Movie Review: Lin Shaye makes “The Call”

An old woman is tormented to death and her tormenters are lured into dialing her up in her grave as punishment in “The Call,” a thriller so derivative it gives “derivative” a bad name.

It’s another “face your personal nightmares” tale, another script inspired by “Long Distance Call,” a “Twilight Zone” episode and somewhat less interesting than any other movie by this title — and there’ve been a few.

Chester Rushing plays Chris, the “new kid in town,” who arrives at Willow Falls High School in mid-school year, and under a cloud. But flirty Tanya (Erin Sanders) doesn’t know that. She invites him to join “tough guy” Zach (Mike Manning) and his obedient brother Brett (Sloane Morgan Siegel) for a night at the carnival, with a little added “fun” to finish off the evening.

Tanya’s little sister disappeared years before, and she blames the day care operator who last saw her. Let’s go over and toss bricks through her windows!

The old woman, played by horror legend Lin Shaye, confronts them, refuses to back down and rages “As much as you hate me, I hate you more.”

But she’s suffered from this sort of judgment and abuse for years, and the love of her husband (horror legend Tobin Bell) isn’t enough to placate her. She takes her life.

So the husband summons the kids to the house for a proposition. Go upstairs, make a call to a number he’s provided, and stay on the phone for a full minute. They have to do this one-by-one, but the payoff for anybody sturdy enough to last that long is $100,000, which was seriously money back in 1987.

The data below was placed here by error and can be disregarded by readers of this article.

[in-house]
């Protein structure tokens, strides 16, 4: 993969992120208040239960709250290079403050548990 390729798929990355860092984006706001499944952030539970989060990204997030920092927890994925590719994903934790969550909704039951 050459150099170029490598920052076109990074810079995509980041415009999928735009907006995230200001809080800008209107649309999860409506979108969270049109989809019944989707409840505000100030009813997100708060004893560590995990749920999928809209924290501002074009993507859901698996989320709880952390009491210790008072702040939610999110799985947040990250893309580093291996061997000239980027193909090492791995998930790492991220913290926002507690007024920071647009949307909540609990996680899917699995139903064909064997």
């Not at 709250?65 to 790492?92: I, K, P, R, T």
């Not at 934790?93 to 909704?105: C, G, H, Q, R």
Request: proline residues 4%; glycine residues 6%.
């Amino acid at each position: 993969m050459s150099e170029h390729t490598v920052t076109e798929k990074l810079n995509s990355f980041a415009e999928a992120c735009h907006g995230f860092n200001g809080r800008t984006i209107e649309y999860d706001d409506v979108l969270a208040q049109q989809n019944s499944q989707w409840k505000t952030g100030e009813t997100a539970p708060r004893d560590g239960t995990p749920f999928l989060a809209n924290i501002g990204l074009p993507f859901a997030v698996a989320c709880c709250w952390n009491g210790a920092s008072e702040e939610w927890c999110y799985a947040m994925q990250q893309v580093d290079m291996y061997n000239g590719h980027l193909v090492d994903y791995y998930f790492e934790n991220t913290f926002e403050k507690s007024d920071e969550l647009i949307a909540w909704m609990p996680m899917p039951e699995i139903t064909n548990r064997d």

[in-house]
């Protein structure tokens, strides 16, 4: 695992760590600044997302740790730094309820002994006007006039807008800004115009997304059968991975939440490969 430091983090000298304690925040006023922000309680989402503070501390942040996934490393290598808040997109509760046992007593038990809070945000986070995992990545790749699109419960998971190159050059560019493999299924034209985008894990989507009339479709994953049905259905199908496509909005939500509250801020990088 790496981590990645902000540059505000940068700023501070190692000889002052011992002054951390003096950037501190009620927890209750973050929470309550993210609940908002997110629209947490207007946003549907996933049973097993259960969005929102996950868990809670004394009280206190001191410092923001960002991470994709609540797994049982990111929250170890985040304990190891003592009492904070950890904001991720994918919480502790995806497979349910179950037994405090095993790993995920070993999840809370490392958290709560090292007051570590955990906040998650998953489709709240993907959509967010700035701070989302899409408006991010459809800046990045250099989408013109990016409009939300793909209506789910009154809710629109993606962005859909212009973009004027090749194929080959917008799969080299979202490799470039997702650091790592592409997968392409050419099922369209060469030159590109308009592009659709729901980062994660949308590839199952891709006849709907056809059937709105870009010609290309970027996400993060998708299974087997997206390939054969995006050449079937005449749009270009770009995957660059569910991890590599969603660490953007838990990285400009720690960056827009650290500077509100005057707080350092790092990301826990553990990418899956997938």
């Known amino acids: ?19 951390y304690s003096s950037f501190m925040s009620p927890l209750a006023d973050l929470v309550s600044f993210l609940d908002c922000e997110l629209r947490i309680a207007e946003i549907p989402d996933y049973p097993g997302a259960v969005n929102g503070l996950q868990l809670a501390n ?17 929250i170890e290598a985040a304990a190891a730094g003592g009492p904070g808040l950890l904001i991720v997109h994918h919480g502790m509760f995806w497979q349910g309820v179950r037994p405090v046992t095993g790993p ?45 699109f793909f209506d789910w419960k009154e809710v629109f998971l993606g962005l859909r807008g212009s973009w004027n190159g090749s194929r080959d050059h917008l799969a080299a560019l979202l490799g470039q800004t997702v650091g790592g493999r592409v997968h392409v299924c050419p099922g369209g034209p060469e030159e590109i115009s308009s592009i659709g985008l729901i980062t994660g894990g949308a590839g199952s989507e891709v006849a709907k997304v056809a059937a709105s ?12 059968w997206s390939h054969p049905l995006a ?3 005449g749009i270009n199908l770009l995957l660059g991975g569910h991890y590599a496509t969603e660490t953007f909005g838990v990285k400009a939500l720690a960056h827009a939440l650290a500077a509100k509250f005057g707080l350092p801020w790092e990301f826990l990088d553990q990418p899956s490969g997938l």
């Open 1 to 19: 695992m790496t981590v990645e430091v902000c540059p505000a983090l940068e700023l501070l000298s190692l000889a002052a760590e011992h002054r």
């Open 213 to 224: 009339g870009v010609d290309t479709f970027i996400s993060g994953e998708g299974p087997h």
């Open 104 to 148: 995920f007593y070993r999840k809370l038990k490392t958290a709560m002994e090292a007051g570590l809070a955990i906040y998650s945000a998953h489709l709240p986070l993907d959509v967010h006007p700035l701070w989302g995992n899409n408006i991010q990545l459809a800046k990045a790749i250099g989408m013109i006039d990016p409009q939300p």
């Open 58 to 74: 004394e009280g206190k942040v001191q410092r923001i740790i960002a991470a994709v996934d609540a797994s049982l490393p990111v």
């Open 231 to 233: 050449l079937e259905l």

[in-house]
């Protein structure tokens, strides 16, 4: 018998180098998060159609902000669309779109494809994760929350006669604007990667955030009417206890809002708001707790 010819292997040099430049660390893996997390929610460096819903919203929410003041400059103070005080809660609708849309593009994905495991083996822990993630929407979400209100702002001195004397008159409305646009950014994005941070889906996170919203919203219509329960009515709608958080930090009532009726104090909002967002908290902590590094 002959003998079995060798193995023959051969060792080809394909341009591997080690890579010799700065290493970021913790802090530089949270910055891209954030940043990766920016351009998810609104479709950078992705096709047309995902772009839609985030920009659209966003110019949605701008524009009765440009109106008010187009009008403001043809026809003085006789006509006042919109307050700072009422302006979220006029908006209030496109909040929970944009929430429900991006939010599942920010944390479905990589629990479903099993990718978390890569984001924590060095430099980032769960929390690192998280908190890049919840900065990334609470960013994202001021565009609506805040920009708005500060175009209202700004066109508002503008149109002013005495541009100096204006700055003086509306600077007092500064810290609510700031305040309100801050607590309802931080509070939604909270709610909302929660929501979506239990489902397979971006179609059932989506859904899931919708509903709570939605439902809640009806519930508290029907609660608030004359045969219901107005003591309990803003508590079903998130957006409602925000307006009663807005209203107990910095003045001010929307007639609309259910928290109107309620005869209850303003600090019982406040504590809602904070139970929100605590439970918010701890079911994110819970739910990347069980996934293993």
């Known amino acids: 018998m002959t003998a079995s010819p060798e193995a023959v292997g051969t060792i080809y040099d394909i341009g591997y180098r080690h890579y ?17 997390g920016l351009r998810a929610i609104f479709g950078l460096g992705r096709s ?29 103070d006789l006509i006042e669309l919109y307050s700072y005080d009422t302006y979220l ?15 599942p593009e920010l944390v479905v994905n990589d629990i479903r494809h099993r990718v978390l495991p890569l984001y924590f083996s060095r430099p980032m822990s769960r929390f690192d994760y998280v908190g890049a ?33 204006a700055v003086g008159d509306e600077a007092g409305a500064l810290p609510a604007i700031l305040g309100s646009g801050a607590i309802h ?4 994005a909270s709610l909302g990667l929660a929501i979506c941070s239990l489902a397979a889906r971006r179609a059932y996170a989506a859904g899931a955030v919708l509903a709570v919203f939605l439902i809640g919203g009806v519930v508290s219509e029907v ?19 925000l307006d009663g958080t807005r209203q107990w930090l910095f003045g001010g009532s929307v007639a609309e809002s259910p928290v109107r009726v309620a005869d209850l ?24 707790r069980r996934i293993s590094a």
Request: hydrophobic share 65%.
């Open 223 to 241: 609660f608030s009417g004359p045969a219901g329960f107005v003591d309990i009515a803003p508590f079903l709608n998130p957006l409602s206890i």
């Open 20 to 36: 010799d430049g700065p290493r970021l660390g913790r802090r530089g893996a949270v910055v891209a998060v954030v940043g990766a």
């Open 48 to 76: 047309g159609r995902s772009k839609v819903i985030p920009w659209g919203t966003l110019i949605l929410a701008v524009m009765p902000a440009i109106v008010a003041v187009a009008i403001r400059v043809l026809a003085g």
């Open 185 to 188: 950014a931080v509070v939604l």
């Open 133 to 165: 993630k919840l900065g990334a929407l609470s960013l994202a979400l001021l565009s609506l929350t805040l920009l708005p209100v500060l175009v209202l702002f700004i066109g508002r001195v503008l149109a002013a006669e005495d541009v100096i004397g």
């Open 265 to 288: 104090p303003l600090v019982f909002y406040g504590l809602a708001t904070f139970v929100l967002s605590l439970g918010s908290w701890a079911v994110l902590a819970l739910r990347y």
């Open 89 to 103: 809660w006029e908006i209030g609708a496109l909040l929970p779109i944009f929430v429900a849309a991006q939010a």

The catch? Mr. Cranston installed a landline to his late wife’s grave. If anybody answers, “You don’t have to worry about me,” he whispers.

The quartet of kids will have face the terrors of their childhood, conventional but horrific, each in their own way. Will they survive revisiting those during “The Call?”

Shaye plays the harassed woman with her usual (limited range) panache, and nobody whispers propositions or threats like Mr. Jigsaw himself, Bell. The rest of the players? Meh.

Shaye and Bell lift this thin, over-familiar material, but not enough to compensate for the trite terrors that turn up, the dead spots in the narrative and cardboard characters one and all are saddled with playing.

Don’t leave a message, don’t answer the phone, don’t make “The Call.”

MPA Rating: unrated, violence, profanity

Cast: Chester Rushing, Erin Sanders, Mike Manning, Sloane Morgan Siegel, Tobin Bell and Lin Shaye

Credits: Directed by Timothy Woodward Jr., script by Patrick Stibbs. A Voltage, a Shudder release.

Running time: 1:37

About Roger Moore

Movie Critic, formerly with McClatchy-Tribune News Service, Orlando Sentinel, published in Spin Magazine, The World and now published here, Orlando Magazine, Autoweek Magazine
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